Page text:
Danira Karović from the Association of Citizens Why not? from BiH, believes that in BiH it is noticeable that the higher the level of the institution, the greater the percentage of transparency.
She believes that the problems of institution openness are similar in all countries.
Vujo Ilic from the organization CRTA from Serbia believes that political will and legal solutions that will not depend on political will in the future, are necessary. In the continuation of the conference, the implementation of the Open Government Partnership Initiative in Montenegro and the region was discussed.
This paper “Transparency in Decision-making Processes in the Western Balkans” presents the results of an inquiry into transparency of public decision-making in four Western Balkans countries – Serbia, Montenegro, Former Yugoslav Republic of Macedonia (FYROM) and Bosnia-Herzegovina.
It was inspired by a similar study conducted by Access Info Europe and partners during 2017, which found “an appalling lack of transparency of decision making across Europe, which prevents members of the public from following and participating in decision-making processes, as well as from holding public officials to account for their exercise of power”.
According to this year’s research, the courts in Montenegro meet on average 56.5%, while prosecutor’s offices meet 65% of the openness indicators, These are the best results in the region, evidencing the low level of openness of the courts and prosecutor’s offices in the region.
In cooperation with partners from a regional network of NGOs “Action SEE“, the Center for Democratic Transition (CDT) prepared the policy paper in which we analyze a level of transparency, openness and accountability of the judiciary in the Western Balkans region.
The Strategy for the Reform of the Judiciary 2014-2018 recognizes the need to strengthen citizens’ trust in the judiciary through access to information held by judicial institutions, but our research has confirmed that there is still a significant space for enhancing the openness of judicial institutions
Although this year’s result of the openness of judicial institutions in Montenegro needs to be seen in the context of introducing new and more strict indicators, the fact is that these institutions have not worked enough to develop the openness policy during the last year.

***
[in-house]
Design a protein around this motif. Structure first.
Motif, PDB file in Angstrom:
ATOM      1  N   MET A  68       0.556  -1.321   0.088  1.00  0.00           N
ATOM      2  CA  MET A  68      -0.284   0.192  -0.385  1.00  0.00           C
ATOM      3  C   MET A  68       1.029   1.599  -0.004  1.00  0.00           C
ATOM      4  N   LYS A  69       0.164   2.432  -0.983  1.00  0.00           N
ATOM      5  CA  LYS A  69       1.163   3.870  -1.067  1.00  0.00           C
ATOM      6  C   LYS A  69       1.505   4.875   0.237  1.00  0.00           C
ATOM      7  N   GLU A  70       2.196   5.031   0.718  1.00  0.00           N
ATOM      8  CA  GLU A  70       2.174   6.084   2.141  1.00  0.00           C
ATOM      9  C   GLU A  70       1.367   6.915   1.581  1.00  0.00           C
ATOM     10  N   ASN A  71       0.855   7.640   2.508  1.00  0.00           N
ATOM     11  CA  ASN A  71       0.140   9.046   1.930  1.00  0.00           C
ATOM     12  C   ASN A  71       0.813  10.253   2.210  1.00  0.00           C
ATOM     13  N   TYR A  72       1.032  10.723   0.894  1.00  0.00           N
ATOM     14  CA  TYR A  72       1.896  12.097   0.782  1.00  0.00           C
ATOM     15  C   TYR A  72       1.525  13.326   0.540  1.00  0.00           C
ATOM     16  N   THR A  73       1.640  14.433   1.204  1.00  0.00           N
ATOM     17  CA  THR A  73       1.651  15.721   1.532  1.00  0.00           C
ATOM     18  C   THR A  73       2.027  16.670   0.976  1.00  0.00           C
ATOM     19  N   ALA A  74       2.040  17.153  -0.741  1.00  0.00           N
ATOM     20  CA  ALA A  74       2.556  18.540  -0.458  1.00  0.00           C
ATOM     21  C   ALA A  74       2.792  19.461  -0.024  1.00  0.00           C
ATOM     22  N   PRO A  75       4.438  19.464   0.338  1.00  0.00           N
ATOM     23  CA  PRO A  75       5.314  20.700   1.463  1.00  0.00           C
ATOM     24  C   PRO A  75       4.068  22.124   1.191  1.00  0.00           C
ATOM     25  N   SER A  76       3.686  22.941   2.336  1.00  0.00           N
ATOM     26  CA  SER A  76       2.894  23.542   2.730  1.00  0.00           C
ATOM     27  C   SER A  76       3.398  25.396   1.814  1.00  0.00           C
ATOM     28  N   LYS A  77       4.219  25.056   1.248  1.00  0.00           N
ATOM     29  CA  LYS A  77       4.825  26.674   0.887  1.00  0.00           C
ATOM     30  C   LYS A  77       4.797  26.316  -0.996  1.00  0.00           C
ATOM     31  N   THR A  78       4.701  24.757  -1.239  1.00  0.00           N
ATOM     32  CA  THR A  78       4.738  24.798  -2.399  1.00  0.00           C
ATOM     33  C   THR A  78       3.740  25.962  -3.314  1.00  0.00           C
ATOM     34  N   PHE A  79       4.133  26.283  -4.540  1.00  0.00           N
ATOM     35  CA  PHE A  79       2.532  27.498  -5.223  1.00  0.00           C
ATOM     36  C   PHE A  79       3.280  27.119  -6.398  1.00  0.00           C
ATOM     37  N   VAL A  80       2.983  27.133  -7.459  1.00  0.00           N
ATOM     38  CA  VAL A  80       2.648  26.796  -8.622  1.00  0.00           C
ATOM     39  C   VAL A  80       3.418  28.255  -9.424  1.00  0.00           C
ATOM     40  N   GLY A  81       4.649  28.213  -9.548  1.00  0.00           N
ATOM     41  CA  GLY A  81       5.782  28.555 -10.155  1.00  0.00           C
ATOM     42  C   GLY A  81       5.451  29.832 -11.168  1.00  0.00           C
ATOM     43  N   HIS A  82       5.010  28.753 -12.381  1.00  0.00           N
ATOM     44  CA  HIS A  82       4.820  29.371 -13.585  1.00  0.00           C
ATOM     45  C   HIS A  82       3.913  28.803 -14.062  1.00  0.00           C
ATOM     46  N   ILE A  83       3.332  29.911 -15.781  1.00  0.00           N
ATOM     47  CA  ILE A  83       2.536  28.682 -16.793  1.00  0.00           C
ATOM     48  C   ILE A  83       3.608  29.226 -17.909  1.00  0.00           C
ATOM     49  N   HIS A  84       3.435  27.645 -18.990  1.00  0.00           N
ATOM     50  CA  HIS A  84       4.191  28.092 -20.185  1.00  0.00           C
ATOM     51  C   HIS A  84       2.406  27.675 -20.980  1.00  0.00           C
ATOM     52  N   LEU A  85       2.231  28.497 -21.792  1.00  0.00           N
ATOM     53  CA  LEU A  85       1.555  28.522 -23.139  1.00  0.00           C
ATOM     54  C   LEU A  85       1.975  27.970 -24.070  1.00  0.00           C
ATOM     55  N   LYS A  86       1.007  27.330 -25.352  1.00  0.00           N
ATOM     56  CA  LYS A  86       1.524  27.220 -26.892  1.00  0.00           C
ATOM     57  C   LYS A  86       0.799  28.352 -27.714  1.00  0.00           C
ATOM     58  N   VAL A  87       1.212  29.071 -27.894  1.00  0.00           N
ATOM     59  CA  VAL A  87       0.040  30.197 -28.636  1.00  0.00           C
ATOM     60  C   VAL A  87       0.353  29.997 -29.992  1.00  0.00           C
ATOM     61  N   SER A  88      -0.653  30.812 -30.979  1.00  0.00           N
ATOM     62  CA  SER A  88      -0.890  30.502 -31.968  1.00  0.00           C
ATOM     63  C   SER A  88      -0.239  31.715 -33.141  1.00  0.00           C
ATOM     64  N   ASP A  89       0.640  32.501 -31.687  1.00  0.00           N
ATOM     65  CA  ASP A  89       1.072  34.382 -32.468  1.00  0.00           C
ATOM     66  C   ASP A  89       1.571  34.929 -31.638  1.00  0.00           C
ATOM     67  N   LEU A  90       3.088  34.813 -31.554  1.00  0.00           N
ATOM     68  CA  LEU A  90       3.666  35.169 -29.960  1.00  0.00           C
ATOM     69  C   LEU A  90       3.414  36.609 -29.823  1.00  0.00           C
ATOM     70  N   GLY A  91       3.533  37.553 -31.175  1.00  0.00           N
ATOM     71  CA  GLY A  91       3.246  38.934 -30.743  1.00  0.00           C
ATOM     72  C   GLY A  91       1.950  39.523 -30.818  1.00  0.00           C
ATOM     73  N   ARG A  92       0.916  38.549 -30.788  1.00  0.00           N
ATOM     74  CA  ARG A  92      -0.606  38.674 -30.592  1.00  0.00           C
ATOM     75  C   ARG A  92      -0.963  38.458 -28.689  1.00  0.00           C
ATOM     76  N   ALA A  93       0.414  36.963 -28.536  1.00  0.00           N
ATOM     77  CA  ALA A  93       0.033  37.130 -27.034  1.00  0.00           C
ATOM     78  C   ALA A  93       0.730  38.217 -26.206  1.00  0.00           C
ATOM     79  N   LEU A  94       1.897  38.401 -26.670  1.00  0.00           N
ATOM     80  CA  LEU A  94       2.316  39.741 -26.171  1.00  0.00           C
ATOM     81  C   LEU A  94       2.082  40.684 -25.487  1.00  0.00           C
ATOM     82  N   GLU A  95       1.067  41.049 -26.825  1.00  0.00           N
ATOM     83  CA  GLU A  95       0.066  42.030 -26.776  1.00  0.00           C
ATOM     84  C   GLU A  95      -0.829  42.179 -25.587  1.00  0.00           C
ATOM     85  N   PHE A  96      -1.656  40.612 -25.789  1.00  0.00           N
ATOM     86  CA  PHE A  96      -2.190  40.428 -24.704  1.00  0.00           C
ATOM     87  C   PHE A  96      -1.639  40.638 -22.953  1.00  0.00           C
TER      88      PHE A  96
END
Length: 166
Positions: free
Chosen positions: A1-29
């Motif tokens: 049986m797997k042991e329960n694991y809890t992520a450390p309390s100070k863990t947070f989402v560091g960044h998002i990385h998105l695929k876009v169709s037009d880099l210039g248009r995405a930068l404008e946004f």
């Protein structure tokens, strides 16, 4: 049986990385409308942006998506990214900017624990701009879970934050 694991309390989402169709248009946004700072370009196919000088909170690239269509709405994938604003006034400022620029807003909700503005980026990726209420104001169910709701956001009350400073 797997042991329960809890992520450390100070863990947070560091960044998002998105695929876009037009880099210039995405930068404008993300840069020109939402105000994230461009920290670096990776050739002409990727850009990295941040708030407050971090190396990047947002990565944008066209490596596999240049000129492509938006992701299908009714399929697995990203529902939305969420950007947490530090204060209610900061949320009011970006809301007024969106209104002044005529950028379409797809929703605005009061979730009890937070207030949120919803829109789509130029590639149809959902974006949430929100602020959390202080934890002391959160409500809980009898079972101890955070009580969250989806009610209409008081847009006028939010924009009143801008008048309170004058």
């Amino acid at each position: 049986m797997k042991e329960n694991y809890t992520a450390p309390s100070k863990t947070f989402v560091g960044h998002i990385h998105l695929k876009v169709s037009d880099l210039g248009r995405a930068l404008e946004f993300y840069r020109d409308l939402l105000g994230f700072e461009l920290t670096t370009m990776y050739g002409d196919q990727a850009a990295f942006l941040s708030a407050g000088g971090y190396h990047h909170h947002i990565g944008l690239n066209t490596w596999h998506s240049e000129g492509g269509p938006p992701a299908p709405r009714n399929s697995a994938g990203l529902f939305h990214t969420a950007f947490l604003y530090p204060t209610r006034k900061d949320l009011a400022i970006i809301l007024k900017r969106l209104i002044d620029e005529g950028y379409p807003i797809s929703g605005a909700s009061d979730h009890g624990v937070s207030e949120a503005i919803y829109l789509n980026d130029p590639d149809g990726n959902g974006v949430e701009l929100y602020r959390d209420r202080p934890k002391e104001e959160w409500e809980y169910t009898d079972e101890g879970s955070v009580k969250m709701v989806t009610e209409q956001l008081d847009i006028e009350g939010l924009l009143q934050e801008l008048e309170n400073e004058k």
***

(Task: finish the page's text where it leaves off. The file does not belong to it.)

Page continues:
Courts publish most of the administrative information such as scope of work, regulations, trial schedules, lists of civil servants and employees with their titles…
However, the websites of most courts are not being updated with press releases or current events. Moreover, publishing information on earnings is also not a practice.
Courts should improve the mechanisms for communicating with the public. Our last year’s findings pointed to the need for improvement of courts’ communication policy with the media and the public, through the training for spokesman and development of a Communication Strategy. Although there is a person or public relations service in most courts, a large number of courts have no practice of publishing press releases, which would make the public aware of the news. Also other methods of communication are not being actively used.
Courts should also improve their capacities to apply the Law on Free Access to Information. More than half of courts (55%) who provided the answers to the questionnaires informed us that they had not participated in any of the free access to information trainings in the previous period.
It should also be added that 23% of courts do not have published updated Guidelines on their websites, and 92% do not publish a database with information granted access upon request.
On the websites of 31% of courts there is no published Code of Ethics of Judges. There is no information on filed complaints in court work reports, as well as violations of the Code of Ethics of Judges or disciplinary responsibility of judges.
As indicated last year, the prosecutor’s office website, although it contains a lot of data, is technically inadequate – there is no functional search, it is not transparent for use and is limited for further improvement of content. Therefore, the last year’s recommendation for creation of a new website
which would be adjusted to the number of institutions and the amount of information remains unchanged.
When it comes to transparency of the Judicial and Prosecutorial Council, key recommendations for improvement of the situation in the previous measurement remain unchanged. These councils should improve their financial transparency.
This research is done through Regional Openness Index which measures the degree to which the institutions of the Western Balkans are open to citizens and society, based on the following four principles: transparency, accessibility, integrity and effectiveness.
Since the introduction of the multi-party system in Montenegro, an efficient model of election administration work is being sought. All previous attempts have one common denominator: no “electoral authority” has emerged, which, by the authority of a strong institution, defends democratic principles and increases citizen trust in the electoral process. Continue reading State Election Commission in Montenegro – a failed experiment